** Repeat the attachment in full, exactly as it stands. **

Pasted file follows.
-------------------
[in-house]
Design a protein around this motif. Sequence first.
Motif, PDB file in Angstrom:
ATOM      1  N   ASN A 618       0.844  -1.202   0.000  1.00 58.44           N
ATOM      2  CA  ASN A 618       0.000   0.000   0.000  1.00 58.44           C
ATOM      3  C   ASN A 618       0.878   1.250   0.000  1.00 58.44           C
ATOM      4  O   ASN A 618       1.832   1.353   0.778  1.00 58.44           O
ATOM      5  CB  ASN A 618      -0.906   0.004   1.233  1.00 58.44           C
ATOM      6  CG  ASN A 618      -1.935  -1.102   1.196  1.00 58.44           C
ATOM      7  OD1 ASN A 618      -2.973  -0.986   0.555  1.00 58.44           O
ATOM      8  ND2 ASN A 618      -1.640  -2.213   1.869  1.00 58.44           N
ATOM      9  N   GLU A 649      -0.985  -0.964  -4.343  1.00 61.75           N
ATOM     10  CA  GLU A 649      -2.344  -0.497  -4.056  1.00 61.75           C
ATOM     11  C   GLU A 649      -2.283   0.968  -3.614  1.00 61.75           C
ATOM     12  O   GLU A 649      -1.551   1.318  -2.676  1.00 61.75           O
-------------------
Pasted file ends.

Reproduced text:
[in-house]
Design a protein around this motif. Sequence first.
Motif, PDB file in Angstrom:
ATOM      1  N   ASN A 618       0.844  -1.202   0.000  1.00 58.44           N
ATOM      2  CA  ASN A 618       0.000   0.000   0.000  1.00 58.44           C
ATOM      3  C   ASN A 618       0.878   1.250   0.000  1.00 58.44           C
ATOM      4  O   ASN A 618       1.832   1.353   0.778  1.00 58.44           O
ATOM      5  CB  ASN A 618      -0.906   0.004   1.233  1.00 58.44           C
ATOM      6  CG  ASN A 618      -1.935  -1.102   1.196  1.00 58.44           C
ATOM      7  OD1 ASN A 618      -2.973  -0.986   0.555  1.00 58.44           O
ATOM      8  ND2 ASN A 618      -1.640  -2.213   1.869  1.00 58.44           N
ATOM      9  N   GLU A 649      -0.985  -0.964  -4.343  1.00 61.75           N
ATOM     10  CA  GLU A 649      -2.344  -0.497  -4.056  1.00 61.75           C
ATOM     11  C   GLU A 649      -2.283   0.968  -3.614  1.00 61.75           C
ATOM     12  O   GLU A 649      -1.551   1.318  -2.676  1.00 61.75           O